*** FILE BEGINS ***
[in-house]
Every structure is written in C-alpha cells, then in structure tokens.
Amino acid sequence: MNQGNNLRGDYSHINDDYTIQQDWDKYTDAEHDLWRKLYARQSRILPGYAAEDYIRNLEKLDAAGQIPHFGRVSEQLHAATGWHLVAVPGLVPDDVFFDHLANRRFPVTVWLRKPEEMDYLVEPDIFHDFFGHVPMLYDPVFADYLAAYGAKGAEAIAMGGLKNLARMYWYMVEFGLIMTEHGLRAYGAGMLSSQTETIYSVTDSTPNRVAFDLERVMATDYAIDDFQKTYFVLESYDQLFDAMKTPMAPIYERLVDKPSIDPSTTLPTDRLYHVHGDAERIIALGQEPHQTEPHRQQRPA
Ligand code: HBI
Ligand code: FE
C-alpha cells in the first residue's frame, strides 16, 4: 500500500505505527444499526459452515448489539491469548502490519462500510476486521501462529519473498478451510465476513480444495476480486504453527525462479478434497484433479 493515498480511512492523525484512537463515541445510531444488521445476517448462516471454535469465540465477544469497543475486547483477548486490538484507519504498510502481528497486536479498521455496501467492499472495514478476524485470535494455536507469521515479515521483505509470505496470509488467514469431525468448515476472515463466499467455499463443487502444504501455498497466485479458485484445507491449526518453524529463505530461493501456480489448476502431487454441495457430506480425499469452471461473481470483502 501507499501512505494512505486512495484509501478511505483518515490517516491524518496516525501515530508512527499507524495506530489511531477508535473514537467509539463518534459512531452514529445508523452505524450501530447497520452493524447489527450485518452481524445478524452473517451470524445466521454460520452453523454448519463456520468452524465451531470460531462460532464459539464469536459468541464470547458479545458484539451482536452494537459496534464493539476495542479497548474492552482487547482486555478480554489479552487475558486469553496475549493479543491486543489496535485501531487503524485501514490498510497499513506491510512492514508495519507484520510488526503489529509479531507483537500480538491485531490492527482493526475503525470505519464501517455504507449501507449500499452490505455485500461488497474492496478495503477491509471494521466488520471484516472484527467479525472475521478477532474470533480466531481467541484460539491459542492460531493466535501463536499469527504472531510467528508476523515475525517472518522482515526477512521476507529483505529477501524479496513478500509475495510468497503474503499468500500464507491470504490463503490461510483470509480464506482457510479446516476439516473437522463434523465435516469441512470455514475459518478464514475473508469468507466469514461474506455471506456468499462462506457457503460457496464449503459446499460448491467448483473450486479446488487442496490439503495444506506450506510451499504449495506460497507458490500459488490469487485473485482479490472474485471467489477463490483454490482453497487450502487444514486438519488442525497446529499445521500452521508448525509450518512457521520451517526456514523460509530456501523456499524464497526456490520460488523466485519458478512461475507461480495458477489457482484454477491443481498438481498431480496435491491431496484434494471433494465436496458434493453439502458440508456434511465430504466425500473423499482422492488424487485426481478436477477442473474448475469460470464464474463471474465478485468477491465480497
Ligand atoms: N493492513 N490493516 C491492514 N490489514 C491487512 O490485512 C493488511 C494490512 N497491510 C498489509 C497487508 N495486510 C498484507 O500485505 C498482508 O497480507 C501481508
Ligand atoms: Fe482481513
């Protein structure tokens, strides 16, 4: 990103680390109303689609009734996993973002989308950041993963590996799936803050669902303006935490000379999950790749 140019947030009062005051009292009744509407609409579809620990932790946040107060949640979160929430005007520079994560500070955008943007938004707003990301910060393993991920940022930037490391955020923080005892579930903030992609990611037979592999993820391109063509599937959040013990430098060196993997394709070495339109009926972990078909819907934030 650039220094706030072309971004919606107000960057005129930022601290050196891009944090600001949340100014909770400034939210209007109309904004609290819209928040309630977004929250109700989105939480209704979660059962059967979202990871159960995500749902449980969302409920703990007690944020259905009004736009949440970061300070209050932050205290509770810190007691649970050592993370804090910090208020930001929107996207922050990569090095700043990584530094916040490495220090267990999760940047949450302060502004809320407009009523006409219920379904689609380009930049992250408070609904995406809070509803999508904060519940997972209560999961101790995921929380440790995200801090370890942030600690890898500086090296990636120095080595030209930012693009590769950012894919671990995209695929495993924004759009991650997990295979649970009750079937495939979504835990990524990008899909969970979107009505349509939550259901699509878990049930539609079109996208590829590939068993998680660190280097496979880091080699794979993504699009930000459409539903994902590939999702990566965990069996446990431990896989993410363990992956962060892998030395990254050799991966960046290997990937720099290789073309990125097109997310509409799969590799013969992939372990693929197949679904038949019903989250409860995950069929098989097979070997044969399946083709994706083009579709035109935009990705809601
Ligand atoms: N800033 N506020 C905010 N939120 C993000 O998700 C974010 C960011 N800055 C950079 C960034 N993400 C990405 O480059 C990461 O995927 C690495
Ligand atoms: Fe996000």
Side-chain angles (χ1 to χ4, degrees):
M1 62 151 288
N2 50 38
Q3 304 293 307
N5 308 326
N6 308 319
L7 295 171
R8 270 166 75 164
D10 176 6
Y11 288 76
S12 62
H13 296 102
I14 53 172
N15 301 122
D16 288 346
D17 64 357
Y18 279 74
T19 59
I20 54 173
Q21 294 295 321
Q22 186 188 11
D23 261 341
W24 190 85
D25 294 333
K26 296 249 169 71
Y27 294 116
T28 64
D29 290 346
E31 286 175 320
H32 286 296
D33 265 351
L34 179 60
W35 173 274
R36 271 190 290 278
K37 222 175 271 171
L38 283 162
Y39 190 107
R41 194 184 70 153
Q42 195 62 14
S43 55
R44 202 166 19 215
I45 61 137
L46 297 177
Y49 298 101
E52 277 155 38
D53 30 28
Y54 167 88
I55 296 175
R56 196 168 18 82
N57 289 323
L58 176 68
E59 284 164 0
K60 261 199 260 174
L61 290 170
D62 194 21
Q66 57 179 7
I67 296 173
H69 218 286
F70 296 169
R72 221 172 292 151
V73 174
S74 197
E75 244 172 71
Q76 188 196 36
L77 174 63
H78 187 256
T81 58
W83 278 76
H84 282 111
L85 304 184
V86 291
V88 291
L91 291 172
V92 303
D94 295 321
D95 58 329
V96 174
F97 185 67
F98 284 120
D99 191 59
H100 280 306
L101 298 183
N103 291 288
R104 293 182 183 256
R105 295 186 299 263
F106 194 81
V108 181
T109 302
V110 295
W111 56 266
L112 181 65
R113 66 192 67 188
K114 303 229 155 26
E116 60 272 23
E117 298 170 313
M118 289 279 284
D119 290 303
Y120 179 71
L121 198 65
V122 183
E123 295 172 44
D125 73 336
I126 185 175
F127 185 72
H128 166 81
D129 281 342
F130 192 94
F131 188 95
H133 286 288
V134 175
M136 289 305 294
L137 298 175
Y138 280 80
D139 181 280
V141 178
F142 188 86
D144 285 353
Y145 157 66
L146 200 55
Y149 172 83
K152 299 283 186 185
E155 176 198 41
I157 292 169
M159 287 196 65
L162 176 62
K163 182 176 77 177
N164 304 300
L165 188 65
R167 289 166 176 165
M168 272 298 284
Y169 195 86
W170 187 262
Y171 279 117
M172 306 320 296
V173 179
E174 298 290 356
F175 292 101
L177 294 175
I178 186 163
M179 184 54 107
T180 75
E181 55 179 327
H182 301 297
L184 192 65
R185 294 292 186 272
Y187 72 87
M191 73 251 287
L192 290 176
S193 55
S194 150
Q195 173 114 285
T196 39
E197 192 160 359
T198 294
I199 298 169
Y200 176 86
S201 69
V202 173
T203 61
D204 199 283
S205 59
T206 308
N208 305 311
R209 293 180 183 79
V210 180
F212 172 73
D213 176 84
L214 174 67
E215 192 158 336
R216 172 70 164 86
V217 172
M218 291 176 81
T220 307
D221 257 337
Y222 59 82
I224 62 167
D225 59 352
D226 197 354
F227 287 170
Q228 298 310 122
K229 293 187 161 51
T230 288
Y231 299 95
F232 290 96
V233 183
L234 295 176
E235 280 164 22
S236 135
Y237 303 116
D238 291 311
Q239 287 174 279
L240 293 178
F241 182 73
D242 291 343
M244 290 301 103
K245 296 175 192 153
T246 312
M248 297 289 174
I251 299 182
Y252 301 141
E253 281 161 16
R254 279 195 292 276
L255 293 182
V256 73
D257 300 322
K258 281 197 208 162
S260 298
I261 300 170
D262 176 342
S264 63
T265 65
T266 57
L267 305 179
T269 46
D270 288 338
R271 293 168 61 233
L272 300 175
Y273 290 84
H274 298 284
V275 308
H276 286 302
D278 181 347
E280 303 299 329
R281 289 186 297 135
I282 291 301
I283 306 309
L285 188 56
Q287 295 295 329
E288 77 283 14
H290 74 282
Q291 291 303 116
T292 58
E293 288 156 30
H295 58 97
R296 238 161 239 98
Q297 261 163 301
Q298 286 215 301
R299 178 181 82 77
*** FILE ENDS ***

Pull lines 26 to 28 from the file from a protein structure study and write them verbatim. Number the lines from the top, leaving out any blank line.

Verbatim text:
D16 288 346
D17 64 357
Y18 279 74